C. integrifolia ‘Last Dance’ begins blooming in October, bringing the gardening season to an end with a blooming bang.
Just when you are thinking that all types and varieties of coreopsis must have yellow flowers, Coreopsis rosea comes to the monochromatic rescue. Sometimes called pink coreopsis, it sports yellow-centered, pink-petaled flowers over light green, fine-textured foliage all summer if spent blooms are deadhead. Or cut the entire plant back by half in late summer for another burst of blooms in fall.
Coreopsis rosea, unlike most other types of coreopsis, has little tolerance for drought. Plan to water in dry conditions. In the moist, well-drained, compost-amended soil it prefers, pink coreopsis can become aggressive, spreading by both rhizomes and self-seeding. Plants grow up to 2 feet tall and wide.
C. rosea ‘Heaven’s Gate’ is a bi-colored cultivar featuring bright pink flowers with cherry red near their centers.
C. rosea ‘Nana’ is a small variety – just 8 inches tall – with mauve-pink flowers
Coreopsis tripteris is the giant of the family. Unsurprisingly commonly called tall tickseed, it reaches up to six feet tall. Bright yellow flowers bloom from mid-summer to fall. Another self-seeder if given favored growing conditions, it can form large colonies. It also spreads by rhizomes. Plant tall tickseed at the back of a perennial border or in a prairie planting.
C. tripteris ‘Flower Tower’ grows even taller – up to 8 feet tall. The flowers are larger than the species but their period of bloom is shorter. C. tripteris ‘Gold Standard’ blooms up to six weeks longer than the species.
Coreopsis verticillata is commonly called threadleaf tickseed because of its fine-textured foliage. It spreads by rhizomes, claiming a little more space in the garden each season. Threadleaf tickseed grows 18 to 24 inches tall and wide and begins blooming in early June and continues well into fall. If plants begin to look messy, cut them back by half and new foliage and flowers will follow.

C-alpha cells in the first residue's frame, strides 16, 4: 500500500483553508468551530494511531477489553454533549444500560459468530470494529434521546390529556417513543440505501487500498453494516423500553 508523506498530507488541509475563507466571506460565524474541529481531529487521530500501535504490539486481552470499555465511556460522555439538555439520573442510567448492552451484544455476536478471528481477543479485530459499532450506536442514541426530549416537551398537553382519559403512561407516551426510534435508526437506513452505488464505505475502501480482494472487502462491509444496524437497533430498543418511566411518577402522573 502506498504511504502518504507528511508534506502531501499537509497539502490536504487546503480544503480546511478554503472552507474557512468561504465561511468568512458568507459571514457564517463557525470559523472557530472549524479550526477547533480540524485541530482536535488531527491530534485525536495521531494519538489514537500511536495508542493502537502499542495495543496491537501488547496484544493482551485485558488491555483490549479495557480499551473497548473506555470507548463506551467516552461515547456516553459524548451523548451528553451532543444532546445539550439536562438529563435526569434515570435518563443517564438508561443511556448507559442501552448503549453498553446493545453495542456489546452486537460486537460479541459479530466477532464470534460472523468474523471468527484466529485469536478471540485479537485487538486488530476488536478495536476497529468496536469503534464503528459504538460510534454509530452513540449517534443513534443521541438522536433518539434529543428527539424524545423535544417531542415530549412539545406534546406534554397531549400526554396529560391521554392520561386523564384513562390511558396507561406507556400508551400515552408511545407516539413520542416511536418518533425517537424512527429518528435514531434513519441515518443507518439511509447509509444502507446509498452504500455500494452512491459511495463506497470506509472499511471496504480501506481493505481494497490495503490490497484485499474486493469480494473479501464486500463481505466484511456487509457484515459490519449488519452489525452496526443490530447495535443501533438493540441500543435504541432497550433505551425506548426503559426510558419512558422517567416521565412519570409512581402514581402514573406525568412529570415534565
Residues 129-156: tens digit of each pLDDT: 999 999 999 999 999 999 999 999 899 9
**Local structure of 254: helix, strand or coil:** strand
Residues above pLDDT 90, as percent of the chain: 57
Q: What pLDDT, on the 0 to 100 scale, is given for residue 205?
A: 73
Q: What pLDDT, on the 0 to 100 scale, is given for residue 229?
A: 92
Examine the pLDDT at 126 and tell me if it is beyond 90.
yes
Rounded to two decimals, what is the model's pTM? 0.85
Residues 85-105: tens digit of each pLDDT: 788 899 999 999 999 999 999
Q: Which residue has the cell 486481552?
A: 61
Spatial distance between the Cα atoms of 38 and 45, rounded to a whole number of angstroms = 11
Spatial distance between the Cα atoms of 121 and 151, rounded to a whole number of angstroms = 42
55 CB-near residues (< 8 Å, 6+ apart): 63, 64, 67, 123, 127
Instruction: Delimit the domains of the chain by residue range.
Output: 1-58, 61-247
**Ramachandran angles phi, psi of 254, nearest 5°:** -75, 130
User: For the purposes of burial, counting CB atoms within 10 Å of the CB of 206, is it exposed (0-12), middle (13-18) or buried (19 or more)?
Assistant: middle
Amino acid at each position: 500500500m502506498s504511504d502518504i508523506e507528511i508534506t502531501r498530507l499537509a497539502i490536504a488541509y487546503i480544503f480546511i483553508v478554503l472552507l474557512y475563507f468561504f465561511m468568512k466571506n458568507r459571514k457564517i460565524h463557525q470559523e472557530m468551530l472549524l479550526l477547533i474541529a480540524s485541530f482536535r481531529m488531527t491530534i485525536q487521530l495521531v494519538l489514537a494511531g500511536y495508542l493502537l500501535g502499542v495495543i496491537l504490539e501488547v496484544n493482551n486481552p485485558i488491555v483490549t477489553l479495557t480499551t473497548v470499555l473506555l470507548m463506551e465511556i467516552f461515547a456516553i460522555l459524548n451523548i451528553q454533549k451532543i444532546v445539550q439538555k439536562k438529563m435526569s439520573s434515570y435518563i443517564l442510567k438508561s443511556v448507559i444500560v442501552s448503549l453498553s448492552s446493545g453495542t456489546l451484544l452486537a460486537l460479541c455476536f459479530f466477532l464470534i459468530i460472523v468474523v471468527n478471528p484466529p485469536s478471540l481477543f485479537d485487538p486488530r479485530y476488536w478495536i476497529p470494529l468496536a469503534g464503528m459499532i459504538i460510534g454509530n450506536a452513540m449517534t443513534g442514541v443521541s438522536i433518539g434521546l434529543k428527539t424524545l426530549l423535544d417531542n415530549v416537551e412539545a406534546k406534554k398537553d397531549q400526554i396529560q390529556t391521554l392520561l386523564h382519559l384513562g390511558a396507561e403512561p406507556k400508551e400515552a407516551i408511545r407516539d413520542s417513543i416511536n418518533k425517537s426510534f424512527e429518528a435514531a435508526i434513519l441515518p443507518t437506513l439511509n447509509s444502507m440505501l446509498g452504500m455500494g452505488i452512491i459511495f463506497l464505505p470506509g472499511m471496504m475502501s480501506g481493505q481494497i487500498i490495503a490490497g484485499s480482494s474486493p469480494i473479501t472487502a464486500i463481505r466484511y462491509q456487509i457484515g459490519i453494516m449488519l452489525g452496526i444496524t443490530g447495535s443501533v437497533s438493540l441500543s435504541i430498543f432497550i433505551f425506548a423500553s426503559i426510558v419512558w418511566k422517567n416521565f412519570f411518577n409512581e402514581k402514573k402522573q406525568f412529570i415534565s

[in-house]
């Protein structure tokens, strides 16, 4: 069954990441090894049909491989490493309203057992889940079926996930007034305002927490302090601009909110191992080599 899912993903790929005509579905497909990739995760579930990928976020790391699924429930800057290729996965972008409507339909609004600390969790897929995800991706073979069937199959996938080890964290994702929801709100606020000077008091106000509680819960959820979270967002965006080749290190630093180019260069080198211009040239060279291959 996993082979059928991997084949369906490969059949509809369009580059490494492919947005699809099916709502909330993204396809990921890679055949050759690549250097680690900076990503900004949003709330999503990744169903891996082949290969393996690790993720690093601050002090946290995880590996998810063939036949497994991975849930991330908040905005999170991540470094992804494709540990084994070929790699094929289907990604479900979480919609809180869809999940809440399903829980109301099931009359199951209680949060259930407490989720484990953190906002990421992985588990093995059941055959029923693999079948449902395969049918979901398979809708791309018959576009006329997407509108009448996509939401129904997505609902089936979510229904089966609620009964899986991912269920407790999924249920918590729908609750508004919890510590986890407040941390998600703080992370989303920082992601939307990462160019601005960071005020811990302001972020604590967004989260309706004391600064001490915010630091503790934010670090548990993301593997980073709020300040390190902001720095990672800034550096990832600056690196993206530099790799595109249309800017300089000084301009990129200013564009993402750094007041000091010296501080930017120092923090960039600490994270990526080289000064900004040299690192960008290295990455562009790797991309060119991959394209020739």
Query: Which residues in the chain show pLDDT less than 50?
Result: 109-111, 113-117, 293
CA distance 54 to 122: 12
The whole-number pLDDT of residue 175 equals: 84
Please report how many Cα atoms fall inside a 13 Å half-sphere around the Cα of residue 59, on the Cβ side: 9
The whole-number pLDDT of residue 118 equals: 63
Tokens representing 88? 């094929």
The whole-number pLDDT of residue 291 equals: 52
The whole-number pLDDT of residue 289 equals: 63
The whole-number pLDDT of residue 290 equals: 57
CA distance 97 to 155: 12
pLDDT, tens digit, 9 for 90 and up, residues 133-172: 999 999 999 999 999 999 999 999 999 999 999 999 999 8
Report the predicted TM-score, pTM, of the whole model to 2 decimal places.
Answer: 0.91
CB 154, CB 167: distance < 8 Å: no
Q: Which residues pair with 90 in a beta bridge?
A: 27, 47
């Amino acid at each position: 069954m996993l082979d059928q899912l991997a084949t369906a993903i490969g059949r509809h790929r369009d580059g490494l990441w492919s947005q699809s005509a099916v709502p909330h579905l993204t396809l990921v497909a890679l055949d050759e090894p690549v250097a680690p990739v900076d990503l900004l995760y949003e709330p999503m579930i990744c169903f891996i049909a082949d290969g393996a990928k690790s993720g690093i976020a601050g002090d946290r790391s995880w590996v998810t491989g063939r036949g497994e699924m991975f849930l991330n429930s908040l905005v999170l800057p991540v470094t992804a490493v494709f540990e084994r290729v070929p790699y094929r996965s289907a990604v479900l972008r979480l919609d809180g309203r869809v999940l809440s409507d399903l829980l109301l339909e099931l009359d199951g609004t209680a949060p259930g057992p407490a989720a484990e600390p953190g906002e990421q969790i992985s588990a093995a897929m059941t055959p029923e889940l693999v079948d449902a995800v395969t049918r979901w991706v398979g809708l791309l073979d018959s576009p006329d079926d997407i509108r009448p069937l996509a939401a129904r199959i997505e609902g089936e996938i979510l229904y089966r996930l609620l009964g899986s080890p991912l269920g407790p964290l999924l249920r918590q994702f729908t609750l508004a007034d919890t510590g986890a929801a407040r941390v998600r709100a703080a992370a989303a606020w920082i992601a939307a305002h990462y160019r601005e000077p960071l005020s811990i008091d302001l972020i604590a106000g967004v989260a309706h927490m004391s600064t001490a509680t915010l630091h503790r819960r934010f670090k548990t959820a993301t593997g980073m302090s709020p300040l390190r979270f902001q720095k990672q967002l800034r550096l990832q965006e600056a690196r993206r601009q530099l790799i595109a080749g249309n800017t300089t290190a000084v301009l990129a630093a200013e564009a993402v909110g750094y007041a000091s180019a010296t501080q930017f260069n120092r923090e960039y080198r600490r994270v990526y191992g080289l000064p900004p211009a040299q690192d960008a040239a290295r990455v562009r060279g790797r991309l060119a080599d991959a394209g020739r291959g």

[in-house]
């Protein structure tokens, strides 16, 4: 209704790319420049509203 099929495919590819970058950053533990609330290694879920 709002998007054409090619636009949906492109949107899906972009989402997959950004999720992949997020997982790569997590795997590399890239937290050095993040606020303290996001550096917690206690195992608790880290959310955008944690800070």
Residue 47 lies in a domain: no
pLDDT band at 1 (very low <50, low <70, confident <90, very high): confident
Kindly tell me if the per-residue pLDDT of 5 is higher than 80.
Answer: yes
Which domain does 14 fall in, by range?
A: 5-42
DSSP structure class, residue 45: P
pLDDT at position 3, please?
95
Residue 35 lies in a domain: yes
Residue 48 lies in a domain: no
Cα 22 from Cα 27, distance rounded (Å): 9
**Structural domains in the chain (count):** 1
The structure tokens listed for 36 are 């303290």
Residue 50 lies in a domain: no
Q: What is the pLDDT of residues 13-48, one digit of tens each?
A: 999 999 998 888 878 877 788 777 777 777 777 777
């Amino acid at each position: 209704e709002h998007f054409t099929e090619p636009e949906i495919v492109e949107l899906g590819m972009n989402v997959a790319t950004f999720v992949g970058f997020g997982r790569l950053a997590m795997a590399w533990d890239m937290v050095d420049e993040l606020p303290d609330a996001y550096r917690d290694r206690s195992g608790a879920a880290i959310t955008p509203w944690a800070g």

C. verticillata ‘Moonbeam’ displays lemon yellow flowers. It was named Perennial of the Year in 1992.
C. verticillata ‘Zagreb’ shows off sunny golden-yellow flowers. It won the Award of Garden Merit in 2001.
And then there are all the hybrids of coreopsis.
The Big Bang™ series offers a fantastic selection of plants. C. ‘Mercury Rising’ boasts velvety red flowers with gold centers on plants growing 15 to 18 inches tall and wide. C. ‘Star Cluster’ features golden-centered flowers with sparkling white petals blotched with deep purple near the centers. It grows 24 to 30 inches tall and almost as wide.
The UpTick ™ series includes bi-colored cultivars like ‘Yellow & Red’, ‘Gold & Bronze’, and ‘Cream & Red’.
Coreopsis ‘Jethro Tull’ flaunts unique fluted, golden yellow petals on large blooms in June and July. Plants grow 18 inches tall and wide.
Coreopsis ‘Cosmic Eye’ shows off sunny yellow and burgundy red flowers with gold centers. It grows 12 to 15 inches tall and wide.
Coreopsis ‘Crazy Cayenne’ brightens the landscape with reddish-orange centered, sunset orange blooms. It grows 15 to 18 inches tall and wide.
Coreopsis ‘Sienna Sunset’ has flowers that begin blooming burnt sienna but lighten to orange and then to peach.
With all these species, cultivars and hybrids of coreopsis, it is not surprising they have become mainstays in perennial gardens and no wonder the National Garden Bureau decided to name 2018 the Year of the Coreopsis. Let’s all go a little coreopsis crazy this summer.
Garden with me!